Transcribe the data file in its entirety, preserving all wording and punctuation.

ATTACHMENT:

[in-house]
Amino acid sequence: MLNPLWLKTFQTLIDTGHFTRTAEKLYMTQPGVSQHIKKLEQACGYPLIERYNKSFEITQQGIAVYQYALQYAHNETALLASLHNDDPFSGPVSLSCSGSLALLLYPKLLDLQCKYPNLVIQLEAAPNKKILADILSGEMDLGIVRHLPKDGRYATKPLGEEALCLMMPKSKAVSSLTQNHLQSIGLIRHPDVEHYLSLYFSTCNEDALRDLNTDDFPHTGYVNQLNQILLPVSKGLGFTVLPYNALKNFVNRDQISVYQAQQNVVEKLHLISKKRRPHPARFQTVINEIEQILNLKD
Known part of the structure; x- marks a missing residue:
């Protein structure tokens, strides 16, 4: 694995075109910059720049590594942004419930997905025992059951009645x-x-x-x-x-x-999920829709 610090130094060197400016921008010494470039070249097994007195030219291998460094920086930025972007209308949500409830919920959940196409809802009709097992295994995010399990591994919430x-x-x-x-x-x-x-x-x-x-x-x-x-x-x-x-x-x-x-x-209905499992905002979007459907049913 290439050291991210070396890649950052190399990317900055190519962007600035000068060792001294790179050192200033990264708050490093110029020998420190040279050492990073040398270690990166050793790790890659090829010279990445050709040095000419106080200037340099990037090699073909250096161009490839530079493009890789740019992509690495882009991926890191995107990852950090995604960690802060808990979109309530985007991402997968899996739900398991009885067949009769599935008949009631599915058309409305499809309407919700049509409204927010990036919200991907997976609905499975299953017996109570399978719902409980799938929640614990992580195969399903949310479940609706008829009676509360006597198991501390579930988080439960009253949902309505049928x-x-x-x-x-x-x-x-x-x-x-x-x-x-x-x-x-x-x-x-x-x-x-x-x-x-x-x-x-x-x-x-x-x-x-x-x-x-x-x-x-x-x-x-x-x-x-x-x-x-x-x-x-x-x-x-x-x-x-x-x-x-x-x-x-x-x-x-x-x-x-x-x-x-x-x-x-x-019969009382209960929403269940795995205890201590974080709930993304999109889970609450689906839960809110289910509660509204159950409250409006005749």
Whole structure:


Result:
[in-house]
Amino acid sequence: MLNPLWLKTFQTLIDTGHFTRTAEKLYMTQPGVSQHIKKLEQACGYPLIERYNKSFEITQQGIAVYQYALQYAHNETALLASLHNDDPFSGPVSLSCSGSLALLLYPKLLDLQCKYPNLVIQLEAAPNKKILADILSGEMDLGIVRHLPKDGRYATKPLGEEALCLMMPKSKAVSSLTQNHLQSIGLIRHPDVEHYLSLYFSTCNEDALRDLNTDDFPHTGYVNQLNQILLPVSKGLGFTVLPYNALKNFVNRDQISVYQAQQNVVEKLHLISKKRRPHPARFQTVINEIEQILNLKD
Known part of the structure; x- marks a missing residue:
């Protein structure tokens, strides 16, 4: 694995075109910059720049590594942004419930997905025992059951009645x-x-x-x-x-x-999920829709 610090130094060197400016921008010494470039070249097994007195030219291998460094920086930025972007209308949500409830919920959940196409809802009709097992295994995010399990591994919430x-x-x-x-x-x-x-x-x-x-x-x-x-x-x-x-x-x-x-x-209905499992905002979007459907049913 290439050291991210070396890649950052190399990317900055190519962007600035000068060792001294790179050192200033990264708050490093110029020998420190040279050492990073040398270690990166050793790790890659090829010279990445050709040095000419106080200037340099990037090699073909250096161009490839530079493009890789740019992509690495882009991926890191995107990852950090995604960690802060808990979109309530985007991402997968899996739900398991009885067949009769599935008949009631599915058309409305499809309407919700049509409204927010990036919200991907997976609905499975299953017996109570399978719902409980799938929640614990992580195969399903949310479940609706008829009676509360006597198991501390579930988080439960009253949902309505049928x-x-x-x-x-x-x-x-x-x-x-x-x-x-x-x-x-x-x-x-x-x-x-x-x-x-x-x-x-x-x-x-x-x-x-x-x-x-x-x-x-x-x-x-x-x-x-x-x-x-x-x-x-x-x-x-x-x-x-x-x-x-x-x-x-x-x-x-x-x-x-x-x-x-x-x-x-x-019969009382209960929403269940795995205890201590974080709930993304999109889970609450689906839960809110289910509660509204159950409250409006005749």
Whole structure: